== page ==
Founded in 1939, Hewitts has evolved

Founded in 1939, Hewitts has evolved

Focus on Retail Sales, Sausage Making Has Paid Off

Upon entering the doors at Hewitt’s Meat Processing Inc., a look straight ahead reveals five letters hung on the wall that says it all: Fresh.

Hewitt’s Meats has hung its hat on providing fresh, high quality, award-winning meats since 1939. How the business has done that has evolved through the decades as four generations of the Hewitt family have guided the business.

Today, family descendant Amanda Franseen and her husband, John, are at the helm, having taken over the reins about four years ago. 2018 proved to be a pivotal one, as the Franseens opened the new Hewitt’s Meats facility (both a retail store and state-of-the-art meat processing facility) at 210 Downwind Drive on the south side of Marshfield. The new, 6,000-foot, USDA meat processing facility was intended to further grow Hewitt’s Meats, with a focus on sausage production, cutting of steaks, roasts, etc., and a step away from harvesting animals, John said.

“Our old location had a retail space, but it was a pretty rural location,” he said. “The new location is more in tune with how people live their lives and offers more convenience.”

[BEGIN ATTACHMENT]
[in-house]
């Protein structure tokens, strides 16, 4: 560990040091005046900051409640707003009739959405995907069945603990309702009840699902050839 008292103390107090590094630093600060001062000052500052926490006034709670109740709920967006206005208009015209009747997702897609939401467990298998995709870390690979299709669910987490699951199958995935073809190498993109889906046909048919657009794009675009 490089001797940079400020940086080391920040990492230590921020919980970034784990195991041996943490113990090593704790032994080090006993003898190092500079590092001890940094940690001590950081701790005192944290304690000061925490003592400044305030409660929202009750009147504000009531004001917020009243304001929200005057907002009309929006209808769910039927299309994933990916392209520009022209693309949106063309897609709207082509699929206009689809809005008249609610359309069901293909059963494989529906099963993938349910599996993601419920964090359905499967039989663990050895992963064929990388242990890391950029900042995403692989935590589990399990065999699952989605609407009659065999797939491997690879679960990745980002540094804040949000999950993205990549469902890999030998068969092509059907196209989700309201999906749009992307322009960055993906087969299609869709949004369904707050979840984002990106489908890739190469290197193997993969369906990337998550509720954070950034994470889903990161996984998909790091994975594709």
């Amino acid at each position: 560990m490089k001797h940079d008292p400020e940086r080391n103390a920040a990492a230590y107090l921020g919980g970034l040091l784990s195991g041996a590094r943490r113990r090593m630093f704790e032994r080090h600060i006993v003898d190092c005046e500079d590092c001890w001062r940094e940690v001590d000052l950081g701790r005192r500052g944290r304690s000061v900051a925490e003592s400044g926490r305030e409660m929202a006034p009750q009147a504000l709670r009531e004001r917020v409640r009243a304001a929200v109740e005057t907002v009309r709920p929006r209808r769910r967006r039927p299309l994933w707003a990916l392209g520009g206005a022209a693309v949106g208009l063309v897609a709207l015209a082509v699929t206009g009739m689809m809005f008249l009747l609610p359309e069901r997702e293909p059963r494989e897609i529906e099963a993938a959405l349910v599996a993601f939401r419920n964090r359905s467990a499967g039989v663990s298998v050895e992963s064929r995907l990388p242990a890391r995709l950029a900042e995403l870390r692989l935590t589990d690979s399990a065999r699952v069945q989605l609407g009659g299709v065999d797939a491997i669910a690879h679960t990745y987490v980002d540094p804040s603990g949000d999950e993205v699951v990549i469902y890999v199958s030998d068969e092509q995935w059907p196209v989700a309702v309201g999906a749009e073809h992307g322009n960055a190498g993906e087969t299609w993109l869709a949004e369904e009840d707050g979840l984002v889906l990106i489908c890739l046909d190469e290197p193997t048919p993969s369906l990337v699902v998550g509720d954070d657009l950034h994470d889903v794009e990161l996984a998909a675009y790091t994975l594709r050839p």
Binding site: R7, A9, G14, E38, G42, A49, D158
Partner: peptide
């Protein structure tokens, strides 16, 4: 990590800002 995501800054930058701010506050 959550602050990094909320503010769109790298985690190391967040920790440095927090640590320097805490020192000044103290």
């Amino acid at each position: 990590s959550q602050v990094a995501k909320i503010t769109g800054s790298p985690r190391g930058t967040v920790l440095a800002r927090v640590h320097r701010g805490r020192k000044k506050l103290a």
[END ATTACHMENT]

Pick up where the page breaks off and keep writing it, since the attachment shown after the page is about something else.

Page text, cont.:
Around that time, Hewitt’s Meats also opened a retail store in Tomahawk that offers access to Hewitt’s award-winning products to the Northwoods. But even with big changes like these — a significant move of the main business and a new satellite location — what didn’t change was the Franseens’ focus on well-established seasoning recipes as well as well cut, quality meats.

“We produce what we do by honoring tradition and learning new, emerging technologies and techniques,” John said. He credits the master meat crafter short course at the University of Wisconsin-Madison with helping him understand the science behind the processes as well as a mindset of continuous improvement that’s allowed the Franseens to build upon the strong foundation that began in 1939 when Marvin and Crystal Hewitt founded the business.

Their son, Jim, and his wife, Evelyn, became the second generation of owners after World War II, owning and operating the business until their daughter Barb and her husband, Tom, purchased the business in 2012.

Today, John and Amanda proudly wear the hats as the fourth generation carrying on the Hewitt tradition.

Upon walking into the store, customers face two full-service retail cases. One is focused on steaks, hamburgers, chicken and different cuts of pork. The other features deli salads and a variety of bratwurst (Hewitt’s makes about 40 flavors of bratwurst). The built-in cooler section offers ready-to-go sandwiches as well as bacon, hot dogs, ham, summer sausage and snack sticks. In the freezer section, you’ll find all varieties of brats, frozen breakfast sausage, different flavor beef patties, pork sausage patties, bulk hamburger, roasts, steaks, fish shrimp and seafood.  The store rounds things out with bakery goods from a local company and frozen pizzas from two local pizza companies.